A constitutionally mandated 10 year sunset date on all laws should also be enacted. They cannot be renewed by simple riders either. The laws must be re-drafted from scratch.

    • Get realistic (Score:3, Insightful)

      by sjbe (173966)

      Personally, I'd like to see a new Constitutional Ammendment that every 8 to 16 years, the nation as a whole votes on all the congress critters and senators as an aggregate group, Yes / No. And if they get a "NO" then they (the aggregate whole lot) can never run for any office ever again (not even honorary town dog catcher), and lose whatever pension they might have coming.

      Exactly who is going to enact such vindictive and short sighted legislation? That would be a great way to further expand the power of the executive branch so maybe Emperor Bush would be in favor. Darth Cheney would certainly approve.

      Really, I think we already have enough cowardly, pandering, and/or dogmatic leadership as it is. Realistic term limits (say 12 years max in either branch of congress) would substantially accomplish your goals. Not that I expect those to ever get into law either.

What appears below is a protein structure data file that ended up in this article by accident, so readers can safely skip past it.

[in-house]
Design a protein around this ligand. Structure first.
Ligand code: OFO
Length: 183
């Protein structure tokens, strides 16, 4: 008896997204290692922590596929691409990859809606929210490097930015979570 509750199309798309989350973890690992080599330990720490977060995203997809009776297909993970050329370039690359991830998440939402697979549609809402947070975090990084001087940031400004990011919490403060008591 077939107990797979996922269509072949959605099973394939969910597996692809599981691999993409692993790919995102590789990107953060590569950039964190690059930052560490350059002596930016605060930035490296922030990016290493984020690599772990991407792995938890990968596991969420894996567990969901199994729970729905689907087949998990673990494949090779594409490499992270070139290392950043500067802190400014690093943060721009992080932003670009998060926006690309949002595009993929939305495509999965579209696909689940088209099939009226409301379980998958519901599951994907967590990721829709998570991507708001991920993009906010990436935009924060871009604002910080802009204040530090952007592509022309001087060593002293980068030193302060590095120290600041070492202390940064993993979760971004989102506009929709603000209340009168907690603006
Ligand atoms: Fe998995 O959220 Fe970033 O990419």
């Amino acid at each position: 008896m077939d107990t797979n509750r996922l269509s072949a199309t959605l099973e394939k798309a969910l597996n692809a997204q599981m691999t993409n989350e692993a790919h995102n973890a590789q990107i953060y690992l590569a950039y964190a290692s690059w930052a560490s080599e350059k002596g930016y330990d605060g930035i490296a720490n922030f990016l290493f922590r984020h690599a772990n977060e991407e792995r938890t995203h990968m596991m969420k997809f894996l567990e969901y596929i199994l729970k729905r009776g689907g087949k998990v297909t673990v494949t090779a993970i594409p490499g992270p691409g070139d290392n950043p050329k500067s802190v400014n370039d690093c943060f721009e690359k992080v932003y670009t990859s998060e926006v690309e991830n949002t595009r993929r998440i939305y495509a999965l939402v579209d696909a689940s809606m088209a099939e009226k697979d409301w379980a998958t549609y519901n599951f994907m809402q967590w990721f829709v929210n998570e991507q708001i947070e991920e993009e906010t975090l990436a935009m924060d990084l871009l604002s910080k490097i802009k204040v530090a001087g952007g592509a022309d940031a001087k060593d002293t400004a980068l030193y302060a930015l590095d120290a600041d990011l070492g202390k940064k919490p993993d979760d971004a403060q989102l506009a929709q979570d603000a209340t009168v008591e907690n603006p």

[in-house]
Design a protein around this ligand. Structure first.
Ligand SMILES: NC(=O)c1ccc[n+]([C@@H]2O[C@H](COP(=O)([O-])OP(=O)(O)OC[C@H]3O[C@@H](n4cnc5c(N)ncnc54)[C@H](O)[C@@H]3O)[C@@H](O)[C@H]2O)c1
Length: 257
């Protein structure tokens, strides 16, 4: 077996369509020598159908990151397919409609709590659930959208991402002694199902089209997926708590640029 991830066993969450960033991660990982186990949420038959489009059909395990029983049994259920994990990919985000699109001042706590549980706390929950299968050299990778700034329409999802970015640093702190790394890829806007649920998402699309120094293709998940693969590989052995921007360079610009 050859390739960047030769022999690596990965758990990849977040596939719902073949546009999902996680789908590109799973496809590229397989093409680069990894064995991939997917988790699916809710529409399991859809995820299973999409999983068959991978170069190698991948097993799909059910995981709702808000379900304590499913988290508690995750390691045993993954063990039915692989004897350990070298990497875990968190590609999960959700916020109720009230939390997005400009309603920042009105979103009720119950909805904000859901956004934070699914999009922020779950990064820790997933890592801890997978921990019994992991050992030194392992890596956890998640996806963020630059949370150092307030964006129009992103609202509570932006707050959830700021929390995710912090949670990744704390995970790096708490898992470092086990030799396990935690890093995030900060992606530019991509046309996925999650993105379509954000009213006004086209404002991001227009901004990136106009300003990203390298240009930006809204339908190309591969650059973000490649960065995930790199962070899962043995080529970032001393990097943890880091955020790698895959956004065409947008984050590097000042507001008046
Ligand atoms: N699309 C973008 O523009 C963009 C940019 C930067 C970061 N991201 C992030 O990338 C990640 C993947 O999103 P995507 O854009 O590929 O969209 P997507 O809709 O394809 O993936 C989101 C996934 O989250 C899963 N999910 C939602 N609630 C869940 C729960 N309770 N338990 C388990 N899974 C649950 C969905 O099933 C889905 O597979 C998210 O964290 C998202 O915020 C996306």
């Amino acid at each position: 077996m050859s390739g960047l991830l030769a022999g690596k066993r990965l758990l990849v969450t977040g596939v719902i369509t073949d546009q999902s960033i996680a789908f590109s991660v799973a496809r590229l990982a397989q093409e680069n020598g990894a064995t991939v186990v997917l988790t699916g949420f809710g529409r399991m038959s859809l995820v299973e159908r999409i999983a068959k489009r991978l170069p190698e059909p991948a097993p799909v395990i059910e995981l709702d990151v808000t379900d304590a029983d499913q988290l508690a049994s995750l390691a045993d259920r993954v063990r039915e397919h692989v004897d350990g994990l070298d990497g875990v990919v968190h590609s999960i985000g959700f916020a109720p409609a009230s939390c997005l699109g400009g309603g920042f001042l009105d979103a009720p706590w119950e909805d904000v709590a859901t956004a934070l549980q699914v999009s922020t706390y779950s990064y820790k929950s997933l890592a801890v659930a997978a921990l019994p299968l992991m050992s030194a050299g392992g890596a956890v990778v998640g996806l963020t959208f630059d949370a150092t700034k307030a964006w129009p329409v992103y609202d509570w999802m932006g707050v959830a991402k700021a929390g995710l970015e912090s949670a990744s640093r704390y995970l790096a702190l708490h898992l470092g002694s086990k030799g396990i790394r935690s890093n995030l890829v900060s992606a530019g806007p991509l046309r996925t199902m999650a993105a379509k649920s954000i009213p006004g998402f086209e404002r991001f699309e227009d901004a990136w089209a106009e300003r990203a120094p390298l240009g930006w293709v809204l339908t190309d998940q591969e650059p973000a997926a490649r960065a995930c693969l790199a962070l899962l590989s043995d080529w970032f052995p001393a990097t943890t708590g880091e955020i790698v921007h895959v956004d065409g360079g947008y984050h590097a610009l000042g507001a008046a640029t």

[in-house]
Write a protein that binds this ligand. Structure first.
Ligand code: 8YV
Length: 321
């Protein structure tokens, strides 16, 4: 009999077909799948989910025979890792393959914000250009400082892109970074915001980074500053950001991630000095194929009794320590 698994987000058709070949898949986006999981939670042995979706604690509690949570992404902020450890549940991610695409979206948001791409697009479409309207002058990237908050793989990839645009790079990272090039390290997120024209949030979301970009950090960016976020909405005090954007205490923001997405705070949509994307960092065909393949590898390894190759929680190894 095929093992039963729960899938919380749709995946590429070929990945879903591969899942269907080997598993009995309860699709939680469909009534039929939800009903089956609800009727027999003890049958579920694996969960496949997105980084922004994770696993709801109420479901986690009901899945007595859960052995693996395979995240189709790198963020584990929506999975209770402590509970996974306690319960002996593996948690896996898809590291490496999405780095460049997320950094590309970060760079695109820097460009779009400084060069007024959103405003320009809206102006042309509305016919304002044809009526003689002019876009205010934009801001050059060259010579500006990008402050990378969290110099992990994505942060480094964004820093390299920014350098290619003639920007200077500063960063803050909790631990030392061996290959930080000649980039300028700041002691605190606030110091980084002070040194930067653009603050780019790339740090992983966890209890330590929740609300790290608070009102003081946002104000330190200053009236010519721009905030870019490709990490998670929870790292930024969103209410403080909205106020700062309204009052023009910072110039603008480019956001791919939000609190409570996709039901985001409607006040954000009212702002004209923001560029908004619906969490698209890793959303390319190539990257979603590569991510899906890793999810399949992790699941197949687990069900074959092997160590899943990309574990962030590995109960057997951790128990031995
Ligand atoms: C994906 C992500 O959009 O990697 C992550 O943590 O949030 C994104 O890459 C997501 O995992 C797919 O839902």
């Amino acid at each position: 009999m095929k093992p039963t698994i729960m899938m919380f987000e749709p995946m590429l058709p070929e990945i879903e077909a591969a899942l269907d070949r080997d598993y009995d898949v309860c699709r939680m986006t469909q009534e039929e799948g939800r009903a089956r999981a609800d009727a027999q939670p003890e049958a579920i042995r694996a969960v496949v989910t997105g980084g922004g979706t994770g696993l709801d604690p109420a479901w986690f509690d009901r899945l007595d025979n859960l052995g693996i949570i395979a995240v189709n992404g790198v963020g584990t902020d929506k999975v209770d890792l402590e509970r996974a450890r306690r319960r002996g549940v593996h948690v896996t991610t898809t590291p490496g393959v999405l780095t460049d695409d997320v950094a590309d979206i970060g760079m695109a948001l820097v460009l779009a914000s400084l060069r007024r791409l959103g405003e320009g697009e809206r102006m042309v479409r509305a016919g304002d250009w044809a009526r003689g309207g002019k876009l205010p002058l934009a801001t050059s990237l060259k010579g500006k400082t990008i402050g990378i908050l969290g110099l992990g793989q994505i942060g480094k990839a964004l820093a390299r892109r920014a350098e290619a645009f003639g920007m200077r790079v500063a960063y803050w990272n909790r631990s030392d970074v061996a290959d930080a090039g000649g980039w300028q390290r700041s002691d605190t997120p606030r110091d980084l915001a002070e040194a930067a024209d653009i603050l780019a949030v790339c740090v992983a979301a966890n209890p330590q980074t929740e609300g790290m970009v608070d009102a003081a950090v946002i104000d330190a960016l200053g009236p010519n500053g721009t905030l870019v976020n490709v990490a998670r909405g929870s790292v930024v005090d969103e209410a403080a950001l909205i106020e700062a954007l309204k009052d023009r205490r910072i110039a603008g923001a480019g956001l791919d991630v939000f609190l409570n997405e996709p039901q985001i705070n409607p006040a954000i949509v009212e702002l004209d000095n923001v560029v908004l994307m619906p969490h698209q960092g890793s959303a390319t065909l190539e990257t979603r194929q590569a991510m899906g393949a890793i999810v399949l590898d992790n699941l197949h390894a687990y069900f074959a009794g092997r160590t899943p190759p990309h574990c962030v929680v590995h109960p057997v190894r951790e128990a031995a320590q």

• by Applekid (993327)

        Exactly who is going to enact such vindictive and short sighted legislation? That would be a great way to further expand the power of the executive branch so maybe Emperor Bush would be in favor. Darth Cheney would certainly approve.

        Please. At least the Executive branch has term limits.

        Unfortunately there is no way Congress/State Legislatures will provide the 3/4 majority to amend the Constitution to limit the "ruling class image" of their own Senators and Representatives the way they did to the President.

    • The real fact is, people always think its the "other" guy that is the problem, their representative is the "good one". Just like when public school discussions come up, the one you send your kid too is the best, its not like those "other" schools.

      While I don't favor the idea of removing choice from our voting ability, term limits make sense because we really have no choice. Being able to choose one side of the same coin over another is not a choice. Democrats and Republicans are most often the only peopl

  • by kenp2002 (545495) on Tuesday July 08, 2008 @02:08PM (#24104273) Homepage Journal

    Simple:
    People want to see something done to protect them even when it isn't possible.

    Politicians are doing exactly what they are supposed to do, get themselves re-elected by catering to those that elected them.